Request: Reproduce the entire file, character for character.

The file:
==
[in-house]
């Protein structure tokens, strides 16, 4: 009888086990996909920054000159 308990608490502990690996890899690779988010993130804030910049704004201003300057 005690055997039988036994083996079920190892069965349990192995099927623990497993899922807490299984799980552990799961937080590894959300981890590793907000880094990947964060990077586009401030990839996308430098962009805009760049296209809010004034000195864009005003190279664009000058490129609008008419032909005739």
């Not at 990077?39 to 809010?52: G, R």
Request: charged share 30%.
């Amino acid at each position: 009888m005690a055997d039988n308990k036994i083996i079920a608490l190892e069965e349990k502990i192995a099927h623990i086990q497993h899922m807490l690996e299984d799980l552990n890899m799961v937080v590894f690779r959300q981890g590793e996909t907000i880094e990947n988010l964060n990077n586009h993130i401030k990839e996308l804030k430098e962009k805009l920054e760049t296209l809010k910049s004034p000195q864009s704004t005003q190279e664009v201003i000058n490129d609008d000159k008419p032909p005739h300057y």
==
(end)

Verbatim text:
[in-house]
């Protein structure tokens, strides 16, 4: 009888086990996909920054000159 308990608490502990690996890899690779988010993130804030910049704004201003300057 005690055997039988036994083996079920190892069965349990192995099927623990497993899922807490299984799980552990799961937080590894959300981890590793907000880094990947964060990077586009401030990839996308430098962009805009760049296209809010004034000195864009005003190279664009000058490129609008008419032909005739």
């Not at 990077?39 to 809010?52: G, R």
Request: charged share 30%.
């Amino acid at each position: 009888m005690a055997d039988n308990k036994i083996i079920a608490l190892e069965e349990k502990i192995a099927h623990i086990q497993h899922m807490l690996e299984d799980l552990n890899m799961v937080v590894f690779r959300q981890g590793e996909t907000i880094e990947n988010l964060n990077n586009h993130i401030k990839e996308l804030k430098e962009k805009l920054e760049t296209l809010k910049s004034p000195q864009s704004t005003q190279e664009v201003i000058n490129d609008d000159k008419p032909p005739h300057y």